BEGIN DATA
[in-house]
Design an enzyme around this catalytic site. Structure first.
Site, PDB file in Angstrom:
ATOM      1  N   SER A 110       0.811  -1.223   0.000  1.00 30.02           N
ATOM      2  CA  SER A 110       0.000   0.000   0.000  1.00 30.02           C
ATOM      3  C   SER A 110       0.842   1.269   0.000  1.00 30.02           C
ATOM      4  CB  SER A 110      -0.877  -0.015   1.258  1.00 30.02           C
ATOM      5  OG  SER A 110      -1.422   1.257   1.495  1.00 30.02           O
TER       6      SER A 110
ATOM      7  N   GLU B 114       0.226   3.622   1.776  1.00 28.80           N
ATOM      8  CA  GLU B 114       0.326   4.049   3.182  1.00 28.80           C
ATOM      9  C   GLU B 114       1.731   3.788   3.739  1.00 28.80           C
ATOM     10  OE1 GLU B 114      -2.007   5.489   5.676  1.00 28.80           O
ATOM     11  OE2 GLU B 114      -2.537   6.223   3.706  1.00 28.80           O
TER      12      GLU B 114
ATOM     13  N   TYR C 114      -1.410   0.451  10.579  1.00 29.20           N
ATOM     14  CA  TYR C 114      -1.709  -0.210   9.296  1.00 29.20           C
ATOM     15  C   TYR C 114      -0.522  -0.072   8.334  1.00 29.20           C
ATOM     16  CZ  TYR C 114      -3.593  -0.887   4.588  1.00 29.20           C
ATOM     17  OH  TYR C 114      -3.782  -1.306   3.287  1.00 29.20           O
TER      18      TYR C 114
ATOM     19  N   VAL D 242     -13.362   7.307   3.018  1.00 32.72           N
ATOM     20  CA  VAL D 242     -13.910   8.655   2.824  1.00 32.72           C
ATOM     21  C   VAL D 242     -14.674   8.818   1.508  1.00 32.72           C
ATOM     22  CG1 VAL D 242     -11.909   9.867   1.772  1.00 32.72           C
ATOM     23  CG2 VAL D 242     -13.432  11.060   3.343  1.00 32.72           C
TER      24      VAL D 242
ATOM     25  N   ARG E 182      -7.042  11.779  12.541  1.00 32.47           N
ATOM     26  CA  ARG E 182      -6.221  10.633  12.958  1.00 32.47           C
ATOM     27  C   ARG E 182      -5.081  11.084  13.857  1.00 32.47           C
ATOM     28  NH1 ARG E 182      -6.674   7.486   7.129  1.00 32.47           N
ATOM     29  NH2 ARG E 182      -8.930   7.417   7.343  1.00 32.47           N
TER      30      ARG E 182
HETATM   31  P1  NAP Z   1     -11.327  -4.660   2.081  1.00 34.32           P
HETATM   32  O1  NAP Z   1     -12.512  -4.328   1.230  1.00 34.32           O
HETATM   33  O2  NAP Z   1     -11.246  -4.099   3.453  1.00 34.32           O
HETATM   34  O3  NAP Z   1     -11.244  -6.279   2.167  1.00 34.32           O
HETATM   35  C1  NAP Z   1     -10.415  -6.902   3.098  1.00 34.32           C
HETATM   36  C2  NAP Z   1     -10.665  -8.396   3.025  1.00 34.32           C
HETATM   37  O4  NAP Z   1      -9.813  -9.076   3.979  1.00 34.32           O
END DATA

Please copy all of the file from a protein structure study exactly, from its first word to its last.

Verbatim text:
[in-house]
Design an enzyme around this catalytic site. Structure first.
Site, PDB file in Angstrom:
ATOM      1  N   SER A 110       0.811  -1.223   0.000  1.00 30.02           N
ATOM      2  CA  SER A 110       0.000   0.000   0.000  1.00 30.02           C
ATOM      3  C   SER A 110       0.842   1.269   0.000  1.00 30.02           C
ATOM      4  CB  SER A 110      -0.877  -0.015   1.258  1.00 30.02           C
ATOM      5  OG  SER A 110      -1.422   1.257   1.495  1.00 30.02           O
TER       6      SER A 110
ATOM      7  N   GLU B 114       0.226   3.622   1.776  1.00 28.80           N
ATOM      8  CA  GLU B 114       0.326   4.049   3.182  1.00 28.80           C
ATOM      9  C   GLU B 114       1.731   3.788   3.739  1.00 28.80           C
ATOM     10  OE1 GLU B 114      -2.007   5.489   5.676  1.00 28.80           O
ATOM     11  OE2 GLU B 114      -2.537   6.223   3.706  1.00 28.80           O
TER      12      GLU B 114
ATOM     13  N   TYR C 114      -1.410   0.451  10.579  1.00 29.20           N
ATOM     14  CA  TYR C 114      -1.709  -0.210   9.296  1.00 29.20           C
ATOM     15  C   TYR C 114      -0.522  -0.072   8.334  1.00 29.20           C
ATOM     16  CZ  TYR C 114      -3.593  -0.887   4.588  1.00 29.20           C
ATOM     17  OH  TYR C 114      -3.782  -1.306   3.287  1.00 29.20           O
TER      18      TYR C 114
ATOM     19  N   VAL D 242     -13.362   7.307   3.018  1.00 32.72           N
ATOM     20  CA  VAL D 242     -13.910   8.655   2.824  1.00 32.72           C
ATOM     21  C   VAL D 242     -14.674   8.818   1.508  1.00 32.72           C
ATOM     22  CG1 VAL D 242     -11.909   9.867   1.772  1.00 32.72           C
ATOM     23  CG2 VAL D 242     -13.432  11.060   3.343  1.00 32.72           C
TER      24      VAL D 242
ATOM     25  N   ARG E 182      -7.042  11.779  12.541  1.00 32.47           N
ATOM     26  CA  ARG E 182      -6.221  10.633  12.958  1.00 32.47           C
ATOM     27  C   ARG E 182      -5.081  11.084  13.857  1.00 32.47           C
ATOM     28  NH1 ARG E 182      -6.674   7.486   7.129  1.00 32.47           N
ATOM     29  NH2 ARG E 182      -8.930   7.417   7.343  1.00 32.47           N
TER      30      ARG E 182
HETATM   31  P1  NAP Z   1     -11.327  -4.660   2.081  1.00 34.32           P
HETATM   32  O1  NAP Z   1     -12.512  -4.328   1.230  1.00 34.32           O
HETATM   33  O2  NAP Z   1     -11.246  -4.099   3.453  1.00 34.32           O
HETATM   34  O3  NAP Z   1     -11.244  -6.279   2.167  1.00 34.32           O
HETATM   35  C1  NAP Z   1     -10.415  -6.902   3.098  1.00 34.32           C
HETATM   36  C2  NAP Z   1     -10.665  -8.396   3.025  1.00 34.32           C
HETATM   37  O4  NAP Z   1      -9.813  -9.076   3.979  1.00 34.32           O